The Medicine Wheel is a native American astronomical structure at 10,000 ft. in the Bighorn Mountains of Wyoming. It is at least 1,000 years old, probably more, and is a National Historic Landmark. It charts and predicts seasonal astronomical events such as solstice, equinox and rising stars, and is still in use by tribes of the region, including Crow, Shoshone, Arapaho, Kiowa and more. This is my interpretation of it.
As I researched the site it became clear to me that a connection between the wheel and the sky had to be made, and a nighttime starscape would be the only meaningful way to do it. Night a 10,000 ft. in the Bighorn mountains is cold and windy, even in summer, and the walk from the trailhead is 1-1/2 miles. The optimum window for the Milky Way being in the right spot was midnight or later. And then there was the problem of shooting into the sky while including an object flat on the ground and lighting it with minimal resources. Clearly I would be spending a cold, lonely night on the mountain and doing some creative problem solving. It worked out well enough, I suppose, but someday I may try to do better.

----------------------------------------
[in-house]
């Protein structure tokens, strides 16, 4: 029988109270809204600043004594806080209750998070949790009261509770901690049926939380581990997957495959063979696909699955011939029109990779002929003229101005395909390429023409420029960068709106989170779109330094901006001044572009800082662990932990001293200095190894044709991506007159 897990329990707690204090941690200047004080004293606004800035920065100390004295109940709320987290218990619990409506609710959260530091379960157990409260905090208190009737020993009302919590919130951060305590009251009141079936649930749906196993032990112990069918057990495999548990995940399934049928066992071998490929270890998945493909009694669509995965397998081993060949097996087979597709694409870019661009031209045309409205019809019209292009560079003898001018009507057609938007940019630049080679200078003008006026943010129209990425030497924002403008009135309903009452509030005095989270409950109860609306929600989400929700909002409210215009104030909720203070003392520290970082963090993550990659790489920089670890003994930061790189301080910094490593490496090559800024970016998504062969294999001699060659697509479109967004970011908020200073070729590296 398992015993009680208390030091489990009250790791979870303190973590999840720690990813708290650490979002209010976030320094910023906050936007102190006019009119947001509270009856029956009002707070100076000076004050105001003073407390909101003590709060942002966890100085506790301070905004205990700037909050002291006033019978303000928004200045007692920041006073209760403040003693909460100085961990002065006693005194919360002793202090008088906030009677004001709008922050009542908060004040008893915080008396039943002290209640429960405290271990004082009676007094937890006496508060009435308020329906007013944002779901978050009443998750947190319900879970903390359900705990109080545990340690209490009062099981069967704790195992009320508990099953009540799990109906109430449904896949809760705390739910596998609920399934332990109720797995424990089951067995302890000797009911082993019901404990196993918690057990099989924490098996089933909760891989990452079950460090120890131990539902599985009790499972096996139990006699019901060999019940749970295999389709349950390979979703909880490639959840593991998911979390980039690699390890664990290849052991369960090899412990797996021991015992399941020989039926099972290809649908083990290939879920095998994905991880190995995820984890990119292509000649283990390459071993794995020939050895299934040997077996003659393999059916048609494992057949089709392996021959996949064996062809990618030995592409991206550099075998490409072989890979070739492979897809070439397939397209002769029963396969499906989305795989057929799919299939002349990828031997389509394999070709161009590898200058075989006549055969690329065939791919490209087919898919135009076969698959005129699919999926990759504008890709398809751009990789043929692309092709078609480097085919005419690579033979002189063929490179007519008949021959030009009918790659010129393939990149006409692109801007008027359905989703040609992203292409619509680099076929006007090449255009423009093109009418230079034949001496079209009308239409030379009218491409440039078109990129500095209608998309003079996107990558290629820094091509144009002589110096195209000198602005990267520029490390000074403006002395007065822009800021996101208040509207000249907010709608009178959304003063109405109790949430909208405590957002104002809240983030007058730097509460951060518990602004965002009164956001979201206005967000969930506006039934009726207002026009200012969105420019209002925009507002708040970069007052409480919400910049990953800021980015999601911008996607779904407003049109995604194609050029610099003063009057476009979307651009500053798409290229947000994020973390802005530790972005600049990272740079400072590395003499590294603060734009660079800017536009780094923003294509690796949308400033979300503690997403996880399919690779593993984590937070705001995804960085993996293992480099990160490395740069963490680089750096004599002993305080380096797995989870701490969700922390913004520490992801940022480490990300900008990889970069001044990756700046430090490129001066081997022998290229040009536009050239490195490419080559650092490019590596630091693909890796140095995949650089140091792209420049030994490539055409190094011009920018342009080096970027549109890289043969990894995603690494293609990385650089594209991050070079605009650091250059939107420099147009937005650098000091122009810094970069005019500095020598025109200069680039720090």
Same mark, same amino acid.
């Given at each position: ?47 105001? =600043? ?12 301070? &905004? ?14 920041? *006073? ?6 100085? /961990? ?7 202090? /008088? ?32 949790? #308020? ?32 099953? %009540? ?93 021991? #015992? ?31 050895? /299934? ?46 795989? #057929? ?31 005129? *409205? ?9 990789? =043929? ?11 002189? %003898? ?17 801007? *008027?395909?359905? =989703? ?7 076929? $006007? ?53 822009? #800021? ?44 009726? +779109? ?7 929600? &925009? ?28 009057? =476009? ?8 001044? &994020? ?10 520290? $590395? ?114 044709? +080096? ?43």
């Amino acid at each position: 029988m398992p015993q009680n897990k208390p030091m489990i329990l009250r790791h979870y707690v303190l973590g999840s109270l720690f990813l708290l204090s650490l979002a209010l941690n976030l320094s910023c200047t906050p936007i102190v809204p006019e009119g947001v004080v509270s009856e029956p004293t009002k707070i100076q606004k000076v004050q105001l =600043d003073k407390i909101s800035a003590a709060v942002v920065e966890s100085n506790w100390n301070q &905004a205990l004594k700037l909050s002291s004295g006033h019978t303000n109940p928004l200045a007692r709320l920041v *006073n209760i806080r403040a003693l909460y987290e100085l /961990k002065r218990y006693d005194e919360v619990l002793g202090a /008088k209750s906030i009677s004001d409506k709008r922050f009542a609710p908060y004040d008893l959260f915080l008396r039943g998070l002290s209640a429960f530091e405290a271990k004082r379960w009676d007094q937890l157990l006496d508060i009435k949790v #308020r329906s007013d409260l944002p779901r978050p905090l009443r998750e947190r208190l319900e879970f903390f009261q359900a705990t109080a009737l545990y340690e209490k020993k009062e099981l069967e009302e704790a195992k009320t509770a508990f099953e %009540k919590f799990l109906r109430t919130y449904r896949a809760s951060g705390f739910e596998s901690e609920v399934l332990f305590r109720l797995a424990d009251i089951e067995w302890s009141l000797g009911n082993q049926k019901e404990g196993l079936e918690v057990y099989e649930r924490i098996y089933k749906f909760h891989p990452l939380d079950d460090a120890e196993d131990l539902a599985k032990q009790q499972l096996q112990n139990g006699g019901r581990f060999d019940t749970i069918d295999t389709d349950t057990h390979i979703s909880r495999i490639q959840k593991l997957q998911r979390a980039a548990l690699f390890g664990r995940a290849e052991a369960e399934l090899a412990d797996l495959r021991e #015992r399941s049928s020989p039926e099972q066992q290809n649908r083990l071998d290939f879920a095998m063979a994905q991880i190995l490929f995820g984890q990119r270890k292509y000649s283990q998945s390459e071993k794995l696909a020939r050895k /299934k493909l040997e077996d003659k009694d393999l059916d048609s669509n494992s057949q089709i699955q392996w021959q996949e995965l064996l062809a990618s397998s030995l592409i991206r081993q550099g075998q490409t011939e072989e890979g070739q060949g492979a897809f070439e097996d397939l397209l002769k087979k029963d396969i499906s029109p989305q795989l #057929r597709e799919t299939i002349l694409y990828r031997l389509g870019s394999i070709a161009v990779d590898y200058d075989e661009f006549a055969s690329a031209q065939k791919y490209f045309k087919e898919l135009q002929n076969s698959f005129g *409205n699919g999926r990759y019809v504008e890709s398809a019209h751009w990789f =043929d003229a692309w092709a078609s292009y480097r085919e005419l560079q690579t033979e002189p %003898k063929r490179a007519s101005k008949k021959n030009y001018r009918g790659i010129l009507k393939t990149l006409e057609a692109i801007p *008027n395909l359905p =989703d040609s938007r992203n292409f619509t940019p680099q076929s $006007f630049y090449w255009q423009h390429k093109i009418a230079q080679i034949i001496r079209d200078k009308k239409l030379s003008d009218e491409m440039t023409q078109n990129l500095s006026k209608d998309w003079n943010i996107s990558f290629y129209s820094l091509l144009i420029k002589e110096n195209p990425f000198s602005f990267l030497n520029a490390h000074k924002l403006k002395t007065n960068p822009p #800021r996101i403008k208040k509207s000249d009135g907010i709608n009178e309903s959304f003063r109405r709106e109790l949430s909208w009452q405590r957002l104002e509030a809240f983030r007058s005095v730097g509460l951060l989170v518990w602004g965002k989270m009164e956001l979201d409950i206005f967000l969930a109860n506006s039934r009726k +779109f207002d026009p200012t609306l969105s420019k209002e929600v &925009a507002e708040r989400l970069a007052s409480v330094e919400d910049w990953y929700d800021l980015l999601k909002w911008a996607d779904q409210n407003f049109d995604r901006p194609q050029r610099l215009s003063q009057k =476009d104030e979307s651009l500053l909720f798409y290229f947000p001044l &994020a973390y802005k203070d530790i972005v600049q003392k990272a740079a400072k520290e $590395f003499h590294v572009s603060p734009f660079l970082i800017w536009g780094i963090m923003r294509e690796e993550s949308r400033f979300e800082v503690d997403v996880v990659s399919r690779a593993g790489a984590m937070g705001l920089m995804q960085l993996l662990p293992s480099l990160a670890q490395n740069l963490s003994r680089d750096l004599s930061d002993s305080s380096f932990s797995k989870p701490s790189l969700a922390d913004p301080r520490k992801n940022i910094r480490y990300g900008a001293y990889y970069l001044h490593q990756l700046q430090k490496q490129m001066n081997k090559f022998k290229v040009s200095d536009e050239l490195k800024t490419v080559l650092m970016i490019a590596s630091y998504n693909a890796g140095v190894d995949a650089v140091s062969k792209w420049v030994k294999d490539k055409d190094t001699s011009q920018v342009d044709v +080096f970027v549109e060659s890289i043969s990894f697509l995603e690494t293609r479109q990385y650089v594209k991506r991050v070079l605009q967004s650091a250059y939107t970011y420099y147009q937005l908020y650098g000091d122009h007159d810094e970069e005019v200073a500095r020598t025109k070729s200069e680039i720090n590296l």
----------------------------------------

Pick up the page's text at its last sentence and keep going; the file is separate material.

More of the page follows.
“Ice out” is a phrase full of meaning to those who live in cold-winter country. It means that warm weather has arrived and progressed to the point where oceans, lakes, rivers and streams are usable again. The ice that locked them out for months is gone. If you made a living on the water, you can now resume your work. If water was the source of your sport and recreation, the fun returns. Ice out is preceded by a time of frustration, because the weather in general may be warm and sunny, but the ice melts with agonizing delay, and life seems unjust for a while.